China's new drug for coronavirus
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Chinese researchers at the Wuhan Institute of Virology situated at the epicenter of coronavirus outbreak, Wuhan, have applied for a patent in China on an experimental Gilead Sciences Inc. antiviral drug, remdesivir that they believe might fight the novel coronavirus outbreak.

According to a statement on the institute’s website made on Feb. 4, the patent application, along with a military academy was made on Jan. 21. The move is an indication that China wants to gain more property rights over the most promising drug for coronavirus.

Till today the virus has killed almost 500 people and infected around 25,000. If this patent is granted, Gilead will require Chinese patent holders to sell the drug to treat coronavirus outside China.

Wang Yanyu, a senior partner at AllBright Law Offices in Beijing, said that holding a patent will enable cross-licensing situations, giving China more bargaining chips to negotiate licensing fees with Gilead. As the country which owns the patent for a specific purpose, Gilead will have to negotiate with China to sell the drug to other countries for fighting new coronavirus.

Whether China’s intellectual property authorities will approve the application is not clear yet. They will have to prove that the drug

works on the new coronavirus strain different from how it works on other viruses in the same category to get approved.

“Most of the patients are here, rather than in the U.S., which makes it unlikely that Gilead will do all these tests,” Wang said.

After the drug has shown early signs of being highly effective, China is rushing to do the human trials of the drug on coronavirus patients. However, it is not licensed or approved anywhere in the world. Next week, the drug will be tested on patients showing moderate and severe symptoms of coronavirus infection.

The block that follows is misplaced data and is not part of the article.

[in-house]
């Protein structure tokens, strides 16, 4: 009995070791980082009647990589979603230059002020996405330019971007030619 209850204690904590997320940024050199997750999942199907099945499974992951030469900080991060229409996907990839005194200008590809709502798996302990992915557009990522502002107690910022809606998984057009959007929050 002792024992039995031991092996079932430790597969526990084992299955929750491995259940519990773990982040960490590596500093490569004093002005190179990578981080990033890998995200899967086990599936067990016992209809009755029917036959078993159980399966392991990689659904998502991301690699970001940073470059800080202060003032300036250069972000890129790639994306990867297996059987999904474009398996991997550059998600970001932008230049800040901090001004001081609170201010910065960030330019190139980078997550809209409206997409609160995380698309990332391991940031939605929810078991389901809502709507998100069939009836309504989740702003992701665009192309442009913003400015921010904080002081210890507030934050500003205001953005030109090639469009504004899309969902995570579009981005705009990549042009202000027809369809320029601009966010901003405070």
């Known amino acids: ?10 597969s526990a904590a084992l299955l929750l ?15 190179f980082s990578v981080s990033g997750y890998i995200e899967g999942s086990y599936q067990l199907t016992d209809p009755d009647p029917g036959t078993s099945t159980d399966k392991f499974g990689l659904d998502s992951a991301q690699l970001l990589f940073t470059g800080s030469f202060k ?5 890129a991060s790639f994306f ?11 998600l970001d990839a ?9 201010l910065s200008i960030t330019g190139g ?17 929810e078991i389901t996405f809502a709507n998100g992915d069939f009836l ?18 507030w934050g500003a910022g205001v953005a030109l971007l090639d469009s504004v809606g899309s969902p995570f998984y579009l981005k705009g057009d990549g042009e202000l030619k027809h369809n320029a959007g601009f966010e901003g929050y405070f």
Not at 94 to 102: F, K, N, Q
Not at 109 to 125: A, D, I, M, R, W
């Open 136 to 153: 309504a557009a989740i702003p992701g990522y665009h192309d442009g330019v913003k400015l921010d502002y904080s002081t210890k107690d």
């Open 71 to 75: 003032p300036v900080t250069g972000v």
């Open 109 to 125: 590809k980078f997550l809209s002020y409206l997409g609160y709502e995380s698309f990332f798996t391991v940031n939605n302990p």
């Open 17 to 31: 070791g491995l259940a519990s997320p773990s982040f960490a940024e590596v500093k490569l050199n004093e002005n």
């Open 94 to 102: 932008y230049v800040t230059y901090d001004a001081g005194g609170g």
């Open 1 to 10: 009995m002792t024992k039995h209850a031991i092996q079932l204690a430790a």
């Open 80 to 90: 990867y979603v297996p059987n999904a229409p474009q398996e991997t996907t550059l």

Gilead’s chloroquine and remdesivir are 80-year-old malaria drugs, which has now shown highly effective against novel coronavirus in the laboratory. But further clinical studies are required to confirm its efficacy.

China now wants access to remdesivir while they are capable of manufacturing chloroquine.

However, the decision to seek a patent for the drug against coronavirus instead of requesting a heavy-handed “compulsory license” option, which allows countries to revoke drug patents in national emergencies, underscores China’s commitment to intellectual property and the delicate balancing act before China.

Wang said that the move to apply for patent implies the growing awareness about the virus in the country. If China chooses compulsory licensing, it will draw international criticism.

National Interest

Gilead’s remdesivir was initially developed for treating illnesses like SARS and Ebola. If the drug is approved, it will retain the global rights to market the antiviral medication.

The application for the patent was made out of national interest. If foreign pharmaceutical firms work together with China to curb the contagion, it will not exercise its patent rights, said Wuhan Institute in a statement.

Gilead is currently shipping enough doses for 500 patients, and if the trial is successful, Gilead will increase the supply. They are trying to produce more as fast as possible.